Up close: David Yarbrough, President of Yarbrough Transfer Co. in Winston-Salem
David Yarbrough grew up working at Winston-Salem-based Yarbrough Transfer Co., a company founded by his great-grandfather in 1927. But he never had any interest in working at the heavy haul trucking company. “I knew from a young age that I wanted to be a lawyer,” said Yarbrough, who went on to graduate from law school, clerk for two federal judges and work as a bankruptcy lawyer. But he changed his mind in 2007, the year he joined Yarbrough Transfer Co. as executive vice president. Under his leadership, the company focused on recruiting talent, developing an information technology plan and positioning itself for growth during the economic downturn. Yarbrough Transfer Co. continues to focus its core business on moving freight that originates or has a destination point in the Southeast, but the business’ footprint can span as far as Texas, South Dakota, Utah, Arizona and Colorado.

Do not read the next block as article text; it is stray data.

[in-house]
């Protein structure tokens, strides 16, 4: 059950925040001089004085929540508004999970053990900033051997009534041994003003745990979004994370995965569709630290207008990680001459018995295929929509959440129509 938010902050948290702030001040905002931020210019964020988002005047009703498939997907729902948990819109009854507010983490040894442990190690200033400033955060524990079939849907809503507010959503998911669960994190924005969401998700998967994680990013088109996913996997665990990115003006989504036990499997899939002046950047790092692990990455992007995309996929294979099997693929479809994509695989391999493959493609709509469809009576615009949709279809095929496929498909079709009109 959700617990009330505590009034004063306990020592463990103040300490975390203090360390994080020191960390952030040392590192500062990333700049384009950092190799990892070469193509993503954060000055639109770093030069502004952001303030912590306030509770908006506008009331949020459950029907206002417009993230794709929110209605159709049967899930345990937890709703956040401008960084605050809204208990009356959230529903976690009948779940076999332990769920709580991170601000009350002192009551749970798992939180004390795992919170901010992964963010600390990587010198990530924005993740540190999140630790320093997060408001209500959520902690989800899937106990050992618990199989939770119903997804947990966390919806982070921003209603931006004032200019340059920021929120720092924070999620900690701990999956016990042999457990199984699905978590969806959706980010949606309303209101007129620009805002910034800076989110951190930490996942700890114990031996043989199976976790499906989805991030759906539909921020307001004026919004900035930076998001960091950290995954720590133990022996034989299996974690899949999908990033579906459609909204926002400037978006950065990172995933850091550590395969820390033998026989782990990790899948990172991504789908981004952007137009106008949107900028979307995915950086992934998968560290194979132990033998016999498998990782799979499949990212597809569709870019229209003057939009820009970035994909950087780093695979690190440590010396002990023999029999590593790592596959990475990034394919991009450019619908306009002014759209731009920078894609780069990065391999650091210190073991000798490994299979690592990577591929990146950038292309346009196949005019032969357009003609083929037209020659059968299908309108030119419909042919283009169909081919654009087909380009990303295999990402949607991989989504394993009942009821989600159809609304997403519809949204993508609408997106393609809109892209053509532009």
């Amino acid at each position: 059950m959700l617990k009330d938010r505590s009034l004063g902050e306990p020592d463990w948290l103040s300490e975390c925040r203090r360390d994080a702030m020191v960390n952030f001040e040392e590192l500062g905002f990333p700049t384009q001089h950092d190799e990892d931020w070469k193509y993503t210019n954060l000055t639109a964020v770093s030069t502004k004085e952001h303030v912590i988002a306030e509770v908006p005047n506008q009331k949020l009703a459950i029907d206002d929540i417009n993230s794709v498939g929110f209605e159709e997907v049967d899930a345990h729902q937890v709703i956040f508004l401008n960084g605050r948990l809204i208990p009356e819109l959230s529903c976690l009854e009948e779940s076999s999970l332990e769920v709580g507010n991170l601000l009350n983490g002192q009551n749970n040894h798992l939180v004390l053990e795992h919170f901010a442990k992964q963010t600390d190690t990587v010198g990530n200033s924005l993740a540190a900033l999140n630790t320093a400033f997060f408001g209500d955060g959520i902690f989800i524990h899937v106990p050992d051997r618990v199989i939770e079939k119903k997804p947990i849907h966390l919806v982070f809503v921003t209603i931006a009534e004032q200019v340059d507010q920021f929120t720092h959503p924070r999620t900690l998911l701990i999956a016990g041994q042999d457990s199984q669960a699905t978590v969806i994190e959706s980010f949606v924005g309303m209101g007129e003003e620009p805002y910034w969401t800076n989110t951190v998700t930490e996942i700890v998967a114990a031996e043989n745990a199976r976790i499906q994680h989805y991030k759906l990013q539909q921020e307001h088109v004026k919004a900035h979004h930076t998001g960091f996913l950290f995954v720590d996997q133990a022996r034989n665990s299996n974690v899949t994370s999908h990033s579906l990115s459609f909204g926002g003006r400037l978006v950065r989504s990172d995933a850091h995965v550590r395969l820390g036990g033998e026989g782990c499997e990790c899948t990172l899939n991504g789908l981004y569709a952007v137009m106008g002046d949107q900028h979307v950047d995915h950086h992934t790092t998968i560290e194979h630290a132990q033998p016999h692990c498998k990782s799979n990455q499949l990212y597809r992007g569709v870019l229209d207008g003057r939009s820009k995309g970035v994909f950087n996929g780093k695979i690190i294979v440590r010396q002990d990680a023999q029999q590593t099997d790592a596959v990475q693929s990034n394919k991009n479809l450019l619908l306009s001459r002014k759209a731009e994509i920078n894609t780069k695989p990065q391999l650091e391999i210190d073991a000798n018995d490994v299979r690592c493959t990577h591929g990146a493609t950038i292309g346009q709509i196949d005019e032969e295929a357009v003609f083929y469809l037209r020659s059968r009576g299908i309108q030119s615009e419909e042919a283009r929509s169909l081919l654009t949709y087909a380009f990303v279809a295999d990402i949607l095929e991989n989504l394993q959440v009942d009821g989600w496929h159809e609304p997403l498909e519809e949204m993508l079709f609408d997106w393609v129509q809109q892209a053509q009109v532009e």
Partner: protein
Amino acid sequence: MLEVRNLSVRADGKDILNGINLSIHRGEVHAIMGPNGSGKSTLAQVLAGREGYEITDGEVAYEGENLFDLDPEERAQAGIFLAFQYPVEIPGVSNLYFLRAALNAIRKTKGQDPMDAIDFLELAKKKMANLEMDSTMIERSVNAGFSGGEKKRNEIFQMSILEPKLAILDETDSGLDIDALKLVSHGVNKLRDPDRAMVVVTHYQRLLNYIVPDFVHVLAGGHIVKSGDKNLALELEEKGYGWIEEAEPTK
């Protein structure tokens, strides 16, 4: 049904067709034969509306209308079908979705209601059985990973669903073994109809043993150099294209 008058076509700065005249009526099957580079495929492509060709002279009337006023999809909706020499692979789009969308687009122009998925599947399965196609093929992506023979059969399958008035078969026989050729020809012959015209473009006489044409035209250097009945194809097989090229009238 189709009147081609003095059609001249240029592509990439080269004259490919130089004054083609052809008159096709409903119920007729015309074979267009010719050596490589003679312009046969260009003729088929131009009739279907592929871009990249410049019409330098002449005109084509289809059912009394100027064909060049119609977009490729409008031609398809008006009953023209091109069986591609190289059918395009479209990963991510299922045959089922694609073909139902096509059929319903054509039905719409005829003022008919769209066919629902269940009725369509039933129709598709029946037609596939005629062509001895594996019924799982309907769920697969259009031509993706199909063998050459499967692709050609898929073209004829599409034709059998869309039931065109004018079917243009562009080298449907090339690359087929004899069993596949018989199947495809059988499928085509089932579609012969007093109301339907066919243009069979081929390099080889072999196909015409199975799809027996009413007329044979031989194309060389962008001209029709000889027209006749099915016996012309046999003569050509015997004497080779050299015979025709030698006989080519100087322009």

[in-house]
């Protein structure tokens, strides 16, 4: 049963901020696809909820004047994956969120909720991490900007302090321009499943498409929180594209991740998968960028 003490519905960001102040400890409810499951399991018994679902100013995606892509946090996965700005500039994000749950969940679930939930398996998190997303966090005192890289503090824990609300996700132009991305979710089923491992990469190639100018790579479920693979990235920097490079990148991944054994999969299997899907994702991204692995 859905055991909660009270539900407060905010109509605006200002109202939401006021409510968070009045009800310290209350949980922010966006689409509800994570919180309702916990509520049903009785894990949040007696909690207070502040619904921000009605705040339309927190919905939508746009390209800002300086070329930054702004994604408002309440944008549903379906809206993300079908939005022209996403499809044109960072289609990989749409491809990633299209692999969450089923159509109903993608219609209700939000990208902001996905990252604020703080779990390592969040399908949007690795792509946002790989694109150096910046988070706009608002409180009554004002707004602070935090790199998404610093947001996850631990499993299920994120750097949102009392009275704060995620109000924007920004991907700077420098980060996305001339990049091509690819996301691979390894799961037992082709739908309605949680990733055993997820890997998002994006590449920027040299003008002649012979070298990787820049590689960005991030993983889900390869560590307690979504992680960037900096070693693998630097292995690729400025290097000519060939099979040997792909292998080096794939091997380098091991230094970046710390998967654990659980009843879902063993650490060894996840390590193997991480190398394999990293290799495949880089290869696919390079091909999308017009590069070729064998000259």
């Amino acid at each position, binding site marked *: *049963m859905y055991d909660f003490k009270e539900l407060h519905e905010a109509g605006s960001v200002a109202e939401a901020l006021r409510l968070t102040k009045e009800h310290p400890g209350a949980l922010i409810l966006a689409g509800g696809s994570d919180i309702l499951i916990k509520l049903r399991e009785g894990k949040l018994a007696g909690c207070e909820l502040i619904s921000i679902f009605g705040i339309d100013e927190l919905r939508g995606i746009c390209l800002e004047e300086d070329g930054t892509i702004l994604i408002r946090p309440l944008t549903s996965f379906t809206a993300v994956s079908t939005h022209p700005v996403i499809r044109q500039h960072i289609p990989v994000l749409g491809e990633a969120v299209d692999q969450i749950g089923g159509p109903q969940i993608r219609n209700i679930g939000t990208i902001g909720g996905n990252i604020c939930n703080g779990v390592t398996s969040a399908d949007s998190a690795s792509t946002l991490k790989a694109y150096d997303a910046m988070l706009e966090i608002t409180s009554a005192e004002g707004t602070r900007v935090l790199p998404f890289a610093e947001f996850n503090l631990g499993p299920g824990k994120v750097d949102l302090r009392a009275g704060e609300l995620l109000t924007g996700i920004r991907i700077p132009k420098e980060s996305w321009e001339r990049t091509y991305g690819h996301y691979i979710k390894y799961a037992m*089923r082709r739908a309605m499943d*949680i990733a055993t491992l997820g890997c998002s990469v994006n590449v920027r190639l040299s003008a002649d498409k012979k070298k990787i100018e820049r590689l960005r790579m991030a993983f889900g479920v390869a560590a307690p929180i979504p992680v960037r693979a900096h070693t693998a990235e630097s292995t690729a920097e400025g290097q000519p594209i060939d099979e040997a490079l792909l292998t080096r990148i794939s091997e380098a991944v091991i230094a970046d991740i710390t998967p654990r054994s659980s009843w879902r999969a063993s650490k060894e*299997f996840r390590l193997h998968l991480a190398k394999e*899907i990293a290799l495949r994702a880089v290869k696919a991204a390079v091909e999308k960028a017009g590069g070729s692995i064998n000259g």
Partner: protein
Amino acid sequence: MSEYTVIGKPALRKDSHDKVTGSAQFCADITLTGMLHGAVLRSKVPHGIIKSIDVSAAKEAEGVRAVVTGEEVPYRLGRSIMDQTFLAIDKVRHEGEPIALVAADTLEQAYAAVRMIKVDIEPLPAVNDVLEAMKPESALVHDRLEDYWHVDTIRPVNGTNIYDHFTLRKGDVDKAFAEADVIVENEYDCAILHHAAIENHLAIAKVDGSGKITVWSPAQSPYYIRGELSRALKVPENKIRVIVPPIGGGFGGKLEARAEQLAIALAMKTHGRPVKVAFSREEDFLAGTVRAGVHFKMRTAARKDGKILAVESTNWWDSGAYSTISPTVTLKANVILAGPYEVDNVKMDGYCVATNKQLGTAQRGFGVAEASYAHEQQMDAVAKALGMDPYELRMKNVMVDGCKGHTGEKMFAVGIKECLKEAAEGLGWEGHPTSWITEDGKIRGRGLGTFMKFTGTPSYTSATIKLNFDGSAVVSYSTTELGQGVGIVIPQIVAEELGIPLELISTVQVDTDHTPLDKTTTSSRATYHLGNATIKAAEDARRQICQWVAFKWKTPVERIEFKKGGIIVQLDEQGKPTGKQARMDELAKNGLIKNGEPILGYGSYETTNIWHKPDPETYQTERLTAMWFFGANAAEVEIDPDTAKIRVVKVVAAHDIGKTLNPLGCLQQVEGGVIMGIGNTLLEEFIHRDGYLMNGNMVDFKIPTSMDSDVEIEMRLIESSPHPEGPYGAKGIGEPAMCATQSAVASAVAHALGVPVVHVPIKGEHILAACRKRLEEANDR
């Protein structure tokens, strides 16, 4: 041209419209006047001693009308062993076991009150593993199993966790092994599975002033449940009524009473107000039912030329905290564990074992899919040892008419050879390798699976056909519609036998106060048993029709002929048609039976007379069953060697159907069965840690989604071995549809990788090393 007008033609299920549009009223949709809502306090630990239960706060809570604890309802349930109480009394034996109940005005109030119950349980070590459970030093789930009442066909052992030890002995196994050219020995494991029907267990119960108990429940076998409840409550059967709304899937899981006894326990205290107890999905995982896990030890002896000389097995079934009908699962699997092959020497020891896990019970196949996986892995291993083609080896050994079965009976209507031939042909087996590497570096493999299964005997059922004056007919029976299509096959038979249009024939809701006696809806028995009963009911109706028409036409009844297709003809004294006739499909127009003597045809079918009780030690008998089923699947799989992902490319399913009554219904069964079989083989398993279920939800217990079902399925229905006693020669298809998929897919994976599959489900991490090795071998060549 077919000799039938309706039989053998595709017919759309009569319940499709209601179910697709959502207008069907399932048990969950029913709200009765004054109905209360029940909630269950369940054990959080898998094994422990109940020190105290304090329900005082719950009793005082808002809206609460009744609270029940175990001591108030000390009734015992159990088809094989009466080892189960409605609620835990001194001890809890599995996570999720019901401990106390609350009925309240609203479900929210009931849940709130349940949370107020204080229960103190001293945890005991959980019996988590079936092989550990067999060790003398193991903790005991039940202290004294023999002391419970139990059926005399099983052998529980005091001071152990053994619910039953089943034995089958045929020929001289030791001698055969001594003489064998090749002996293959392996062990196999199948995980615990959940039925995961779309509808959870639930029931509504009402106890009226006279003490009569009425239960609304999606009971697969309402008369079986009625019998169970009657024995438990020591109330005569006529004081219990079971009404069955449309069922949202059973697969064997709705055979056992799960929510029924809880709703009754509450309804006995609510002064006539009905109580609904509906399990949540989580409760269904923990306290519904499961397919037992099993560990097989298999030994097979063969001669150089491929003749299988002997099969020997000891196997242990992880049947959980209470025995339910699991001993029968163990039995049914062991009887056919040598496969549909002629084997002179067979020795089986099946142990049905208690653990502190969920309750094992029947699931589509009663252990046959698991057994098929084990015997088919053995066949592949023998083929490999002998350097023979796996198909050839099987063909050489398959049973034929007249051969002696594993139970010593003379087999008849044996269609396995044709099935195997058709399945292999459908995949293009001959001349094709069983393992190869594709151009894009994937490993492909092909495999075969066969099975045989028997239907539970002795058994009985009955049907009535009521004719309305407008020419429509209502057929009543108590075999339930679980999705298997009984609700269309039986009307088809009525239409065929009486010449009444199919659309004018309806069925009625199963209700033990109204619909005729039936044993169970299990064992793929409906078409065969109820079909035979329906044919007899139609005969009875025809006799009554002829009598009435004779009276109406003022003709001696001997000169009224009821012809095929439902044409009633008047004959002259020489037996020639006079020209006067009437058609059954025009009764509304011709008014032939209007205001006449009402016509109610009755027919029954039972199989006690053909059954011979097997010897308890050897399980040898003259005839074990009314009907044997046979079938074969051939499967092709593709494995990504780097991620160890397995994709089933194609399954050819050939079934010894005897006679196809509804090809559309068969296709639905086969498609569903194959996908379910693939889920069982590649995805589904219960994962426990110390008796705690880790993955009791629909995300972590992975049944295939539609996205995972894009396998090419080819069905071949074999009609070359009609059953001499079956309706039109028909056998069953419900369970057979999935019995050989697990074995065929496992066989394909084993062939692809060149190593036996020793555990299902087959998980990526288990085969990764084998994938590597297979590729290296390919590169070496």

What do you remember about growing up as a child around the business? I’d come into the office on Saturdays and days that I had off from school and sort of hang around when I was younger. As I got older, probably 12 or 13 years old, I worked here every summer. I worked in the shop. Once I got old enough to drive, I ran parts for the shop. I changed tires and brakes and did some basic kinds of maintenance stuff. Then as I got older and got into college, I worked in the dispatch office there in the summers and that was really where I sort of got my feet wet in the actual business.
Why weren’t you interested in working for the business at first? I wanted to do something different. I felt like I was well-suited to be a lawyer: I’m intellectually curious and I like to reason out arguments.
What made you decide to get into business? I enjoyed the business aspect. I enjoyed helping my clients with deals. At some point I came to the realization that I like being a lawyer, but what I’m really interested in is business. I’m really interested in how business is run, how they work, what it takes to make them successful. I said, ‘What business am I going to go in to?’ I was serving on the board here; I was outside counsel. The company was a client. At some point I just realized I have a perfectly good business that I know inside and out that has my name on it and there’s no successor.